Cyprus is the third-largest island in the Mediterranean Sea, and has a large variety of Blue Flag-awarded beaches. The Blue Flag certification recognises the environmental quality and water cleanliness of bathing sites, and Cyprus’s beaches usually rank highly when measured against other seaside spots in Europe. You can find everything here, from dark sands and private havens, to populated strips, motionless waters and wild, untamed seafronts. Here’s our guide to the 10 best beaches in Cyprus, the island of love.
When viewed from above, this peninsula forms the shape of a dolphin tail. Chalky white sands form a soft walkway into the ocean and a two-minute walk through the lush green shrubs leads visitors to a more secluded stretch of coast. A former reef, the peninsula is home to a variety of interesting rock formations and, at its tip, you’ll even find some ancient tombs which can be visited for free.
Coral Bay is a swathe of golden sand protected from strong currents by the surrounding cliffs, making for a true sun-worshipper’s paradise. You’ll find umbrellas and sunloungers, not to mention a wide range of water sport options – and the beach has been awarded a Blue Flag, meaning its waters are clean and safe for swimming. Controlled development of the area means the resort has maintained most of its charm despite its popularity with tourists, and a bite to eat is never far away, as a vibrant selection of restaurants and bars are within walking distance.
Nissi Beach has the reputation of a beach that never sleeps, and its natural beauty is undeniable: a large curve of white sand creates a cove of beautifully clear, shallow waters. When the tide is low in winter and spring, a sand walkway is unveiled leading to the small island of Nissi from which the beach takes its name. The walkway makes it possible to cross over to the island, which is inhabited by small shrubs and pretty plants.
For a good mix of tourists and locals, head to the stunning Fig Tree Bay; these golden sands are truly a Cyprus must-see. Taking its name from the idyllic fig trees that line its coast, this stretch of sand is breathtakingly beautiful. The islet here is home to shallow waters and picturesque paddling pools, making it an ideal place for children.
A stroll along the promenades of Akti Olympion proves that it is possible for a city beach to be worth visiting. This beach began life as a thin strip of pebbly sand; after much restoration and regeneration work, Limassol’s seafront area has now been transformed into the bustling and attractive city centre it is today. Pristine waters and more than two kilometres of silky sand make this an ideal spot for a relaxing coastal stroll.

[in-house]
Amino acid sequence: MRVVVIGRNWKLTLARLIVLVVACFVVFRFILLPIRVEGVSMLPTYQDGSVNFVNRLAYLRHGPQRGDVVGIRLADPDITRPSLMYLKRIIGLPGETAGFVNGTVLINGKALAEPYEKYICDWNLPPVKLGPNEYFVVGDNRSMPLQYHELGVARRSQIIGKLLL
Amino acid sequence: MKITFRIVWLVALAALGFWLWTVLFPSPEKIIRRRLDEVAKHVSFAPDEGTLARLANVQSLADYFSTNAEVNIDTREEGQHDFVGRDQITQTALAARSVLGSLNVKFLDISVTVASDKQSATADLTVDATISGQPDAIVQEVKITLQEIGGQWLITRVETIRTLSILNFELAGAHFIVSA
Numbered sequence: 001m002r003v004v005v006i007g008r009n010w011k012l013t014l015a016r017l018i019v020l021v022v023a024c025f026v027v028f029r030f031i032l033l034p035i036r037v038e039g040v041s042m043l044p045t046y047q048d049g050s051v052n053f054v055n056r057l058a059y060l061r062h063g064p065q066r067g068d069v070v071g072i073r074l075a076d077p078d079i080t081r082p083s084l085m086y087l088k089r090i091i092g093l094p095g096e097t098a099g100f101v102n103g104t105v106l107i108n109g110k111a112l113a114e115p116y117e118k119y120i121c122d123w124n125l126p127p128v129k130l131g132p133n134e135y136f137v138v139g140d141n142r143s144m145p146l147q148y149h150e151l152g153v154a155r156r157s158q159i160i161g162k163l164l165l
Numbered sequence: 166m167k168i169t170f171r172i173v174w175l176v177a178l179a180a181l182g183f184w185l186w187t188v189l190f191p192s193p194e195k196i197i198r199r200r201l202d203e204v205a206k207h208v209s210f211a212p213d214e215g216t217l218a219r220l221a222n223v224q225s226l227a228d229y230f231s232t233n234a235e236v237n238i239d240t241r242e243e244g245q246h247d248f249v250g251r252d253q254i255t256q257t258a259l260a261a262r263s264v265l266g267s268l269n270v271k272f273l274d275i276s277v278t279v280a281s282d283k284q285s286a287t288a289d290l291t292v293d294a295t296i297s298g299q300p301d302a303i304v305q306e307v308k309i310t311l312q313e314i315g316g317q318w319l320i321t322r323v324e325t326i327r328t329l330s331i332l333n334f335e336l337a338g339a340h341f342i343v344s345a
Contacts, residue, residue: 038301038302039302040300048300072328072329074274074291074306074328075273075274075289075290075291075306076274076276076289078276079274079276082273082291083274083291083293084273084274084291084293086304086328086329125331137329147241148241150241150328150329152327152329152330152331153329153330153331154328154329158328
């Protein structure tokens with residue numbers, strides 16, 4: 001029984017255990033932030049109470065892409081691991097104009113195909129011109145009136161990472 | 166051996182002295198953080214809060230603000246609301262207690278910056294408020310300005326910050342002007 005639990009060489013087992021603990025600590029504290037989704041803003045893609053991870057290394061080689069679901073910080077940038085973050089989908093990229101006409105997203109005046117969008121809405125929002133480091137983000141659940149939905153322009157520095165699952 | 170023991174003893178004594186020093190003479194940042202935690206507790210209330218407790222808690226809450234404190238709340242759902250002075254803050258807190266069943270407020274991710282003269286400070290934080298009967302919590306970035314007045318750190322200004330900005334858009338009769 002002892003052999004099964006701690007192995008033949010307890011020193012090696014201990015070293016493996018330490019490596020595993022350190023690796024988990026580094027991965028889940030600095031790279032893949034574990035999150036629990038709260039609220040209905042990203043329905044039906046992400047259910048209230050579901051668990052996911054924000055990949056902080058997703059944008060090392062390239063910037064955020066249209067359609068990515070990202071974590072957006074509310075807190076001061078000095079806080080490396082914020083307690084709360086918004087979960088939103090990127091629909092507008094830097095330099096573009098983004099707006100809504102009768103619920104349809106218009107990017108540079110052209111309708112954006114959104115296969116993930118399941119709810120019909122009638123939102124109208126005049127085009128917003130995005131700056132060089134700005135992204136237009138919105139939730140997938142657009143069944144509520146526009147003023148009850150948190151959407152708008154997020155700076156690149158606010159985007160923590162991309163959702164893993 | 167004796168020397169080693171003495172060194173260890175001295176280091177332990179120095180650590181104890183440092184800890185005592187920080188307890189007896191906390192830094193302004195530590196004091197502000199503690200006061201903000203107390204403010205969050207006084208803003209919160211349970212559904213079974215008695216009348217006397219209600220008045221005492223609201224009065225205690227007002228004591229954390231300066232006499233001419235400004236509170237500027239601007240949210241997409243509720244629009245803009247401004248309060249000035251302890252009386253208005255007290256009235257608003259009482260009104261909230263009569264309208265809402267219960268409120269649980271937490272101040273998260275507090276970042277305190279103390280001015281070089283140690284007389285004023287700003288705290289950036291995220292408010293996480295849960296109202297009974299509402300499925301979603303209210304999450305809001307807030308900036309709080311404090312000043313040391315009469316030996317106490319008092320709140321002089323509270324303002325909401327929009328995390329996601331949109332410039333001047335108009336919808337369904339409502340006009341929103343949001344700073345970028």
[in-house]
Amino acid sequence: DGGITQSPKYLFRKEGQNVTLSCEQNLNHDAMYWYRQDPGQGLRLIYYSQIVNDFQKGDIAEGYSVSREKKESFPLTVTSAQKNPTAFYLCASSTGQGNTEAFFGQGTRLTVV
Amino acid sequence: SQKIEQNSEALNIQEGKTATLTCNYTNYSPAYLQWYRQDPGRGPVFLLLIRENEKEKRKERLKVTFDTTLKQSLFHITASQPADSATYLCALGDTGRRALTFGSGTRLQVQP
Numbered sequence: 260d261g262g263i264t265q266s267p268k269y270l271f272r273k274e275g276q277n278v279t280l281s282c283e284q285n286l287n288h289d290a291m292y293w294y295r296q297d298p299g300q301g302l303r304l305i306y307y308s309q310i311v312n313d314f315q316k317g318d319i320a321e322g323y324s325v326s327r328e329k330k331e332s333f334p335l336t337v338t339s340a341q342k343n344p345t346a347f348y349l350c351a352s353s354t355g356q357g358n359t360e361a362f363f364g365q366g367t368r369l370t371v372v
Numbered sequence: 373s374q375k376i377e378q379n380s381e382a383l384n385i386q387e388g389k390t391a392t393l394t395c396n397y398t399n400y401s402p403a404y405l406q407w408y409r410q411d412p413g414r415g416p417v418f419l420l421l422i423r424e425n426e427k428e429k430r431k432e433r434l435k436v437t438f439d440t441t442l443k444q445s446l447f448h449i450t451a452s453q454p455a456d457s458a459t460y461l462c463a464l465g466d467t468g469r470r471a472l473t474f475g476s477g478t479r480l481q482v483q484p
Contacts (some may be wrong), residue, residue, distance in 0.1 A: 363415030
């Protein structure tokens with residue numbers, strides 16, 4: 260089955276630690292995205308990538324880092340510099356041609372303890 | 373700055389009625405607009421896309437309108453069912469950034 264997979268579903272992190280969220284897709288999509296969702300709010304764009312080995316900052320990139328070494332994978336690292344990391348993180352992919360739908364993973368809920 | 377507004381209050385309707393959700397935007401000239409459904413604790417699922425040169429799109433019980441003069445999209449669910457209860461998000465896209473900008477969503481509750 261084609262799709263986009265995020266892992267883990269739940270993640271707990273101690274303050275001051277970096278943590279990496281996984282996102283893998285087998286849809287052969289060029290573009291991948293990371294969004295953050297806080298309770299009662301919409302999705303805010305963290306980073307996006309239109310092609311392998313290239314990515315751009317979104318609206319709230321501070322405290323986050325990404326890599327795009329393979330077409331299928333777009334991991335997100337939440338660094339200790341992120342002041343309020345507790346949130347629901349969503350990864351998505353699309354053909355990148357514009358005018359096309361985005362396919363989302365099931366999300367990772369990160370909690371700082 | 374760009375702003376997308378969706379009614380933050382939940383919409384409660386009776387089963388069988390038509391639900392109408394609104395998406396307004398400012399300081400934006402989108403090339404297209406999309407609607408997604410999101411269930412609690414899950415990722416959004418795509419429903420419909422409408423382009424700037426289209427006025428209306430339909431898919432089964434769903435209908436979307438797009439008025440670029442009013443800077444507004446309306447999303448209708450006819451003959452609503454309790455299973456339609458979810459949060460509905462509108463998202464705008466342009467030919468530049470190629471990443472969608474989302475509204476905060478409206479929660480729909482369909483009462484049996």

Found almost exactly halfway between Protaras and Agia Napa, Konnos Bay welcomes a mix of visitors. This small cove has a modest amount of reasonably priced umbrellas dotting its sands, and the water here is always calm due to the sheltered position of the bay. Visitors in the early part of the year will be able to enjoy the lush seasonal greenery that takes hold of the surrounding cliffs.
Another lesser-known coastal spot is Latchi Beach. A mixture of powdery sands and small pebbles form the coast here, and the lack of facilities means it is the perfect location to bring your own umbrella and enjoy a picnic. The waters are clean and undisturbed so sit back, relax and take in all of the impressive natural scenery that surrounds the shore.
The enthralling turquoise waters of Blue Lagoon Akamas are so vivid they seem to glow. Frequented by small boats and yachts, this natural treasure is found on the north coast of the island. Reachable by 4×4 or boat, the wild terrain has been shielded from commercial development, which has allowed this beautiful environment to remain pristine. Snorkelling is poplar here, due to the variation of underwater environments. For a bird’s-eye look at the lagoon head to the nearby mountains, which provide views down the entire coastline.
Offering a stark contrast to the typically calm waters found throughout Cyprus, Episkopi is famed for being a popular destination for kitesurfers, as the winds here make the region ideal for the sport. The looming limestone cliffs only add to the dramatic landscape and, as they are overlooked by the ancient ruins of Kourion, are undoubtedly the best place from which to observe the beach from above. Strong currents mean swimming is off limits in the eastern part of the coast, but wading into the waves further along is perfectly safe, and bobbing with the tide is surprisingly relaxing, not to mention a little more exciting than a typical dip in the sea.
Rugged and untamed, Lara Beach lies north of the popular coastal resort of Coral Bay. Although you may need a fair amount of time and a 4×4 vehicle to reach this isolated landscape, what the sandy cove lacks in accessibility it makes up for in privacy. The absence of nearby artificial light makes this site a popular nesting spot for green and loggerhead turtles, whose nests are easily identifiable, as they are clearly marked out by volunteers.
These recommendations were updated on October 8, 2020 to keep your travel plans fresh.